Two years ago today, I was boarding a plane to Kabul. I was going to work on one of the many post-conflict development programs being implemented in Afghanistan. I believed that I was going to help its citizens define a new future for their country.
The decision to go to Afghanistan was a difficult one for me to make. Even though I had much experience traveling and working in developing economies, this assignment would be different. The issue of safety and security on this trip was of much greater concern. However, at that time, I could assure my friends and family that I would not be a likely target for violence myself.
I would be careful to stay away from certain political hotspots -- the US Embassy, International Security Assistance Force (ISAF) headquarters, and the caravans of armed forces commuting through the capital's streets. I would be staying and working in secured buildings, and limiting my time in public areas. By taking these precautions, I could mitigate my risk being caught in the crossfire.
Today, I could not make such assurances. Today, violence in Afghanistan is indiscriminate. It is no longer isolated to the fight between ISAF and the Taliban. Violence is becoming a way of life, and an easy way to earn a living. It is also threatening those who are working to establish legitimate businesses, and help the country transcend its identity as a battlefield.
In the last few months, the business community in Afghanistan has experienced some alarming setbacks. Amongst them is the recent withdrawal of DHL, an important partner in establishing reliable transportation of goods in and out of the country. The company's top two officials in Afghanistan were recently murdered. The Business Council for Peace (Bpeace), an organization that I work with which helps women entrepreneurs in post-conflict countries expand their businesses, reported more disturbing news last week. Three of our Afghan partner-businesswomen have recently had family members kidnapped and held for ransom. Two more regularly receive death threats. These entrepreneurs, along with many others have become targets of violence because of their success, and their perceived ability to meet extortionist's demands.
Most disturbing, is the fact that it appears no measures are being taken to stop or prevent these types of attacks from occurring. If and when Afghans become targets of threats or violence, they have no outlet to turn to for help. Not the local police. Not the Afghan government. Not ISAF. The violence continues to escalate because criminals know that they face no consequences for their offenses.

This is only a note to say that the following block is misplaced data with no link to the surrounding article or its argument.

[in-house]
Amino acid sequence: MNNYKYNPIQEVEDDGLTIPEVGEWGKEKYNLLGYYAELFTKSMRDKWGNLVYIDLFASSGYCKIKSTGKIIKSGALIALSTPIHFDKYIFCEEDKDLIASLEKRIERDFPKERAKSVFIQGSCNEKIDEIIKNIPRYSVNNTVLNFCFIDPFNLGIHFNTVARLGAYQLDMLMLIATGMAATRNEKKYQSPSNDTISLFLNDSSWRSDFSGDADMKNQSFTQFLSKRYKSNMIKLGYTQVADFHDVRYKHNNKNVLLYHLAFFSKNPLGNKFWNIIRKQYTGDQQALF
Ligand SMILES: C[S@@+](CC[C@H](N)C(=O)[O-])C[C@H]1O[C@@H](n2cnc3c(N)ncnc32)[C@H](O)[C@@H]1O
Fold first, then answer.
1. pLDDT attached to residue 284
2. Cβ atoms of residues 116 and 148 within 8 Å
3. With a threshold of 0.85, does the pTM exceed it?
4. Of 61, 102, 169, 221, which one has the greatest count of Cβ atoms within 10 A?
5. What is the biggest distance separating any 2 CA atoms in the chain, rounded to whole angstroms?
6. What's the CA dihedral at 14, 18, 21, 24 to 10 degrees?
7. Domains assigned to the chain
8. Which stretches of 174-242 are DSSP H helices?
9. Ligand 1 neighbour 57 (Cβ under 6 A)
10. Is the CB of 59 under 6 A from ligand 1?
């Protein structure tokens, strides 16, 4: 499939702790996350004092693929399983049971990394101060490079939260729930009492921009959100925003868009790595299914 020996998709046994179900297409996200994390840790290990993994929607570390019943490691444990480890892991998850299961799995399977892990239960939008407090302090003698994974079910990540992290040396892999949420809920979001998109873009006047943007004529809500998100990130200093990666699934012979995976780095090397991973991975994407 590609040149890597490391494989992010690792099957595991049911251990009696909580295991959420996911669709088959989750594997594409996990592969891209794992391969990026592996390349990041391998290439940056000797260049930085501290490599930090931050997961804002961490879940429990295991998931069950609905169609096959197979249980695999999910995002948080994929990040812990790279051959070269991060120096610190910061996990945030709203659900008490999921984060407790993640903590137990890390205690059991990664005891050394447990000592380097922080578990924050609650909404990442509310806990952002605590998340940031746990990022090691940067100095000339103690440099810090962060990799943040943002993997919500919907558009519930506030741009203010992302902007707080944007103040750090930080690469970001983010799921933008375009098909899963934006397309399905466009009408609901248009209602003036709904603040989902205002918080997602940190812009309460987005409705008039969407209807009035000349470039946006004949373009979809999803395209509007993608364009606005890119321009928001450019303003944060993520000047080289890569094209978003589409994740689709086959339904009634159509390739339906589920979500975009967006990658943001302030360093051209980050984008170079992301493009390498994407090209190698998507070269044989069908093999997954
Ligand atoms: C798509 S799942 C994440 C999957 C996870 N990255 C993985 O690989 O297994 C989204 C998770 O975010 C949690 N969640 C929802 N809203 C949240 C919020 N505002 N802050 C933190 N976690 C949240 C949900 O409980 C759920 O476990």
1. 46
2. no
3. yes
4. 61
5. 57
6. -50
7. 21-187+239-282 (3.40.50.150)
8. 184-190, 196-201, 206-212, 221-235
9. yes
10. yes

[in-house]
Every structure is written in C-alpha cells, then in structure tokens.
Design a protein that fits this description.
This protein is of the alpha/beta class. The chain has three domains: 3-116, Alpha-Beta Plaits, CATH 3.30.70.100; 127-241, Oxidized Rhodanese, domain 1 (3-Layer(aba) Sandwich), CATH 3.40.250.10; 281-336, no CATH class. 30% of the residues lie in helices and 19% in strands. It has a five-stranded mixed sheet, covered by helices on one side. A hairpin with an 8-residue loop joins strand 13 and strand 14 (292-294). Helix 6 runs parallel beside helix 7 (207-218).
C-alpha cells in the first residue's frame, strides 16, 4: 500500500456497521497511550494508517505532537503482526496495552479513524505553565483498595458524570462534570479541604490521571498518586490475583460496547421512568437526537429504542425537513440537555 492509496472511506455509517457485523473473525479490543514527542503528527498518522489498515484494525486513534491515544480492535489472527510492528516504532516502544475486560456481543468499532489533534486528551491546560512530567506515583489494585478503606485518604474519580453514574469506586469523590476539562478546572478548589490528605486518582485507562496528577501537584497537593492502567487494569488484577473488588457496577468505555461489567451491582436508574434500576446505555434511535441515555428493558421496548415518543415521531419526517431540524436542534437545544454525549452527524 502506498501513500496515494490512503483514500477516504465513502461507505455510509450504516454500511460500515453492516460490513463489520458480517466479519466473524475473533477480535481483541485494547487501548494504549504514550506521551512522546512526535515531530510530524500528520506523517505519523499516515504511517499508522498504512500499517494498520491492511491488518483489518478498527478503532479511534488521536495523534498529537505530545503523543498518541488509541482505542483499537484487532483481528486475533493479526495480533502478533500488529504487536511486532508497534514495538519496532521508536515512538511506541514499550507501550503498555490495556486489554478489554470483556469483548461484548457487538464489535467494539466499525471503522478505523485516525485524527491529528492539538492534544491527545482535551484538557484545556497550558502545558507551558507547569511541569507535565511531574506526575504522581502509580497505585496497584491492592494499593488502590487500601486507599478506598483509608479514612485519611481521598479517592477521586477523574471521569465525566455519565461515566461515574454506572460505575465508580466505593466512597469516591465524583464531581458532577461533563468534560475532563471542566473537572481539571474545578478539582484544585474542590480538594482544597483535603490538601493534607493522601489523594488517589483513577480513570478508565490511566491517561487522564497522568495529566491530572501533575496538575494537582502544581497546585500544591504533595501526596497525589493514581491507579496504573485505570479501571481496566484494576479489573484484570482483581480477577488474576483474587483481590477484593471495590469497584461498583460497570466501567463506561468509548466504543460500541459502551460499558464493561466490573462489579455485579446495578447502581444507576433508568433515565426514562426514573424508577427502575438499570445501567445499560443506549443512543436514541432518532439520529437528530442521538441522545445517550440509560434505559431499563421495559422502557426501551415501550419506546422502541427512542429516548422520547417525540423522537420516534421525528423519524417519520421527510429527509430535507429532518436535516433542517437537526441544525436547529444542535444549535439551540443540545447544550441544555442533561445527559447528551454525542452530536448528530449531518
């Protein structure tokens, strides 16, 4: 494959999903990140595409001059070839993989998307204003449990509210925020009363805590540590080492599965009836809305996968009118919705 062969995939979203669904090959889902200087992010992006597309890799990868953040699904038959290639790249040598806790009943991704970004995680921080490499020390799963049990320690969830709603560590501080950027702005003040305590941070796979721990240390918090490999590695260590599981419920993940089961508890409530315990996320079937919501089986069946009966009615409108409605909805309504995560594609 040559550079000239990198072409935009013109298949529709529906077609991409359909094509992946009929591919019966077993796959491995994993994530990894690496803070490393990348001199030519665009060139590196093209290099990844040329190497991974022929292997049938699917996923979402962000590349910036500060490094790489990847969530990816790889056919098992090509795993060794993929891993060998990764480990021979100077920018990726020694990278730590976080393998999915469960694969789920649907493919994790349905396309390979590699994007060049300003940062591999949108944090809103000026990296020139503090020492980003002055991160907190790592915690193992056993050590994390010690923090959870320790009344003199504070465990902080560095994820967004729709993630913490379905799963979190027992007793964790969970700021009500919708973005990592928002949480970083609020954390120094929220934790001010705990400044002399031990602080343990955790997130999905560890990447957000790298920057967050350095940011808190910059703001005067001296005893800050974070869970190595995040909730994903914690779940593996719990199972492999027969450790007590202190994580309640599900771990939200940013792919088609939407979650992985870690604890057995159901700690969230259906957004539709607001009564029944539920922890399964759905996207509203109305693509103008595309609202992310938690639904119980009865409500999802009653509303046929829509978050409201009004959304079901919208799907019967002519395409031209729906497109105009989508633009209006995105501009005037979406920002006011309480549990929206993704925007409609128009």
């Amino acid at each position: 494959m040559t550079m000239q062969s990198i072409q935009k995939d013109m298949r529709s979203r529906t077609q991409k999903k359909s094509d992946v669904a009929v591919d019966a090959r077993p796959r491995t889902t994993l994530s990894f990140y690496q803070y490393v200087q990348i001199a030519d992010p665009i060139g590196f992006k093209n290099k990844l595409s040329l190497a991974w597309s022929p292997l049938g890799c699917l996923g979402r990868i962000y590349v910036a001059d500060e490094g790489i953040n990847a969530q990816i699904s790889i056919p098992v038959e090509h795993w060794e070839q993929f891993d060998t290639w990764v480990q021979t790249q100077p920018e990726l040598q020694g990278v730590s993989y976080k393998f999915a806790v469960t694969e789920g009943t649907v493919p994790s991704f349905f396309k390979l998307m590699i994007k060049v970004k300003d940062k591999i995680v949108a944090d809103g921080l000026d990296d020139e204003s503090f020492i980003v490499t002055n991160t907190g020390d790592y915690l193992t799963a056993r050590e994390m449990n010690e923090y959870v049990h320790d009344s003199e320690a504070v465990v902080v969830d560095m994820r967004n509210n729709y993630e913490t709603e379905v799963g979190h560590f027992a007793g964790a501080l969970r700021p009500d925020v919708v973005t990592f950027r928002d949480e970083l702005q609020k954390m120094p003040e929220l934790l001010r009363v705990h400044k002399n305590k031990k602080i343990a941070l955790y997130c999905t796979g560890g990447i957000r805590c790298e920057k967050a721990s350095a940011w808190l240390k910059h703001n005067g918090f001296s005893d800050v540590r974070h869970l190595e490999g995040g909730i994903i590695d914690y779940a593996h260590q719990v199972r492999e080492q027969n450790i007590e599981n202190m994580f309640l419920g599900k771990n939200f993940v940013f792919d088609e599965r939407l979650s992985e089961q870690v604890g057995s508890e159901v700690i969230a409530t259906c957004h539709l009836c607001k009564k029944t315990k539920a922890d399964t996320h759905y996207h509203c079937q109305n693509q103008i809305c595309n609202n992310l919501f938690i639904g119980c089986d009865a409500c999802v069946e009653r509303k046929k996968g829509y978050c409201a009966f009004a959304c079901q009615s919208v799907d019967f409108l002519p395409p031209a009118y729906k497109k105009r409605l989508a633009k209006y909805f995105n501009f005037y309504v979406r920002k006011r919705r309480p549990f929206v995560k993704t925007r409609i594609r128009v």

The obstacles to reconstruction are already great in number. Basic services vital to business, including transportation, reliable power sources, and quality raw materials are virtually non-existent. Entrepreneurial spirit has been dampened by three decades of war. However, over the past two years I have been continuously awestruck by the resilience of the Afghan business owners that I have worked with. They have displayed the courage necessary to rebuild that which has been destroyed over and over again, and the faith to believe that this latest effort will lead to progress.
Together with Bpeace, I remain committed to working with Afghan entrepreneurs to rebuild the country despite these challenges. For us, the increase in violence in Afghanistan is an inconvenience, not an impasse. We minimize our travel there, but we find other ways to help entrepreneurs find the shortest path to success.
We rely on their determination despite the painfully restrictive and demoralizing conditions that they endure to make it work. They don't have the option of retreating to a safer place -- they live there. But, they do have the ability to choose how they live their lives in that environment. And they are choosing to continue pursuing the success that is now threatening their lives.
We admire and respect the determination of these incredibly resilient women. But more importantly, we need to show them that they are not standing up to the violence by themselves. Please join me in calling on members of our government and theirs to make civilian safety and security the top priority of our work in Afghanistan. By confronting this violence, we have a better chance of preventing another generation of children from growing up in society defined by conflict. We can help them develop a society which allows them to define their own future, like ours.
This Thanksgiving, I am most grateful for the safety and security that are provided to me through the cooperation of members of my local and national community. And, it is my hope that next year Afghans will be able to be thankful for the same thing.
More:International Assistance Security International Development Afghanistan Women Entrepreneurship
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